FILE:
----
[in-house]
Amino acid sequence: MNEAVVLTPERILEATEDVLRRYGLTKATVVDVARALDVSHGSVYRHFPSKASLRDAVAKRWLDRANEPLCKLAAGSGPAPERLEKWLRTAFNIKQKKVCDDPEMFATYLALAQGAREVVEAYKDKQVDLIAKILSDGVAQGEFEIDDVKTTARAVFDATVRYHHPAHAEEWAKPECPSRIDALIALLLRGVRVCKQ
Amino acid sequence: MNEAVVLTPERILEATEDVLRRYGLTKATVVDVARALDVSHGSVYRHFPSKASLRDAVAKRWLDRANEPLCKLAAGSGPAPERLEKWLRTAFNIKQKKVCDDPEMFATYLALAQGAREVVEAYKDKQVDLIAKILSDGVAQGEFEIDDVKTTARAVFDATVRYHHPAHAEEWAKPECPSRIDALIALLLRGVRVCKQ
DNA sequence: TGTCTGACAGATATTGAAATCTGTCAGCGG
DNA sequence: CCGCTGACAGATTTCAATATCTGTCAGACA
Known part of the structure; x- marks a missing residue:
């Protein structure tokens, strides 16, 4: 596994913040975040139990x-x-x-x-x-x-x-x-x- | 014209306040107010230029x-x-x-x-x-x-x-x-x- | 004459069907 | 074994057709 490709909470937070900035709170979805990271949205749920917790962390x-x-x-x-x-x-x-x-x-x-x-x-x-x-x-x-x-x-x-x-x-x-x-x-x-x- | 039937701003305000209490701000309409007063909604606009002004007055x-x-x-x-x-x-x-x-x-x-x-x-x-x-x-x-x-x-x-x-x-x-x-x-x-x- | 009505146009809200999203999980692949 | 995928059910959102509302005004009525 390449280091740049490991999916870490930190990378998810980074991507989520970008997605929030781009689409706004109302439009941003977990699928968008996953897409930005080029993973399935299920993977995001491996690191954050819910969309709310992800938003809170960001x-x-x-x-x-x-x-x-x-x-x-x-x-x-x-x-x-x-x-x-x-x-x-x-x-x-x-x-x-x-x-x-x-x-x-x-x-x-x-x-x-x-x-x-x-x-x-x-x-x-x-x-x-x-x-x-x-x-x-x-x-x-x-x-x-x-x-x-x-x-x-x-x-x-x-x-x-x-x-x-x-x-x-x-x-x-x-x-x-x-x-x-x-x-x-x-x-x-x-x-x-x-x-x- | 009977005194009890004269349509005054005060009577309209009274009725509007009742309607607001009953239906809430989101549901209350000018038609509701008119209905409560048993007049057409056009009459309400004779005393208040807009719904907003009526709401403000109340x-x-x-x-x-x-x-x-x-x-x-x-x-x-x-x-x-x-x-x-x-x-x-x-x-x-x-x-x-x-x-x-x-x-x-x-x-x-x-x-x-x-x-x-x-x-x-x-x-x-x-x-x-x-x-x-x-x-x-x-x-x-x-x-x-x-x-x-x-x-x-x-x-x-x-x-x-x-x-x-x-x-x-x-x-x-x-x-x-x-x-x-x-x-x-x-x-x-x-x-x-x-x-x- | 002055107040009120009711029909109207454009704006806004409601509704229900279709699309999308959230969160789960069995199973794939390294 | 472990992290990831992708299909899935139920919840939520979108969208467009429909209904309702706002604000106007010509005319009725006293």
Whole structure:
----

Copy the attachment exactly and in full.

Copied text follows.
[in-house]
Amino acid sequence: MNEAVVLTPERILEATEDVLRRYGLTKATVVDVARALDVSHGSVYRHFPSKASLRDAVAKRWLDRANEPLCKLAAGSGPAPERLEKWLRTAFNIKQKKVCDDPEMFATYLALAQGAREVVEAYKDKQVDLIAKILSDGVAQGEFEIDDVKTTARAVFDATVRYHHPAHAEEWAKPECPSRIDALIALLLRGVRVCKQ
Amino acid sequence: MNEAVVLTPERILEATEDVLRRYGLTKATVVDVARALDVSHGSVYRHFPSKASLRDAVAKRWLDRANEPLCKLAAGSGPAPERLEKWLRTAFNIKQKKVCDDPEMFATYLALAQGAREVVEAYKDKQVDLIAKILSDGVAQGEFEIDDVKTTARAVFDATVRYHHPAHAEEWAKPECPSRIDALIALLLRGVRVCKQ
DNA sequence: TGTCTGACAGATATTGAAATCTGTCAGCGG
DNA sequence: CCGCTGACAGATTTCAATATCTGTCAGACA
Known part of the structure; x- marks a missing residue:
């Protein structure tokens, strides 16, 4: 596994913040975040139990x-x-x-x-x-x-x-x-x- | 014209306040107010230029x-x-x-x-x-x-x-x-x- | 004459069907 | 074994057709 490709909470937070900035709170979805990271949205749920917790962390x-x-x-x-x-x-x-x-x-x-x-x-x-x-x-x-x-x-x-x-x-x-x-x-x-x- | 039937701003305000209490701000309409007063909604606009002004007055x-x-x-x-x-x-x-x-x-x-x-x-x-x-x-x-x-x-x-x-x-x-x-x-x-x- | 009505146009809200999203999980692949 | 995928059910959102509302005004009525 390449280091740049490991999916870490930190990378998810980074991507989520970008997605929030781009689409706004109302439009941003977990699928968008996953897409930005080029993973399935299920993977995001491996690191954050819910969309709310992800938003809170960001x-x-x-x-x-x-x-x-x-x-x-x-x-x-x-x-x-x-x-x-x-x-x-x-x-x-x-x-x-x-x-x-x-x-x-x-x-x-x-x-x-x-x-x-x-x-x-x-x-x-x-x-x-x-x-x-x-x-x-x-x-x-x-x-x-x-x-x-x-x-x-x-x-x-x-x-x-x-x-x-x-x-x-x-x-x-x-x-x-x-x-x-x-x-x-x-x-x-x-x-x-x-x-x- | 009977005194009890004269349509005054005060009577309209009274009725509007009742309607607001009953239906809430989101549901209350000018038609509701008119209905409560048993007049057409056009009459309400004779005393208040807009719904907003009526709401403000109340x-x-x-x-x-x-x-x-x-x-x-x-x-x-x-x-x-x-x-x-x-x-x-x-x-x-x-x-x-x-x-x-x-x-x-x-x-x-x-x-x-x-x-x-x-x-x-x-x-x-x-x-x-x-x-x-x-x-x-x-x-x-x-x-x-x-x-x-x-x-x-x-x-x-x-x-x-x-x-x-x-x-x-x-x-x-x-x-x-x-x-x-x-x-x-x-x-x-x-x-x-x-x-x- | 002055107040009120009711029909109207454009704006806004409601509704229900279709699309999308959230969160789960069995199973794939390294 | 472990992290990831992708299909899935139920919840939520979108969208467009429909209904309702706002604000106007010509005319009725006293």
Whole structure: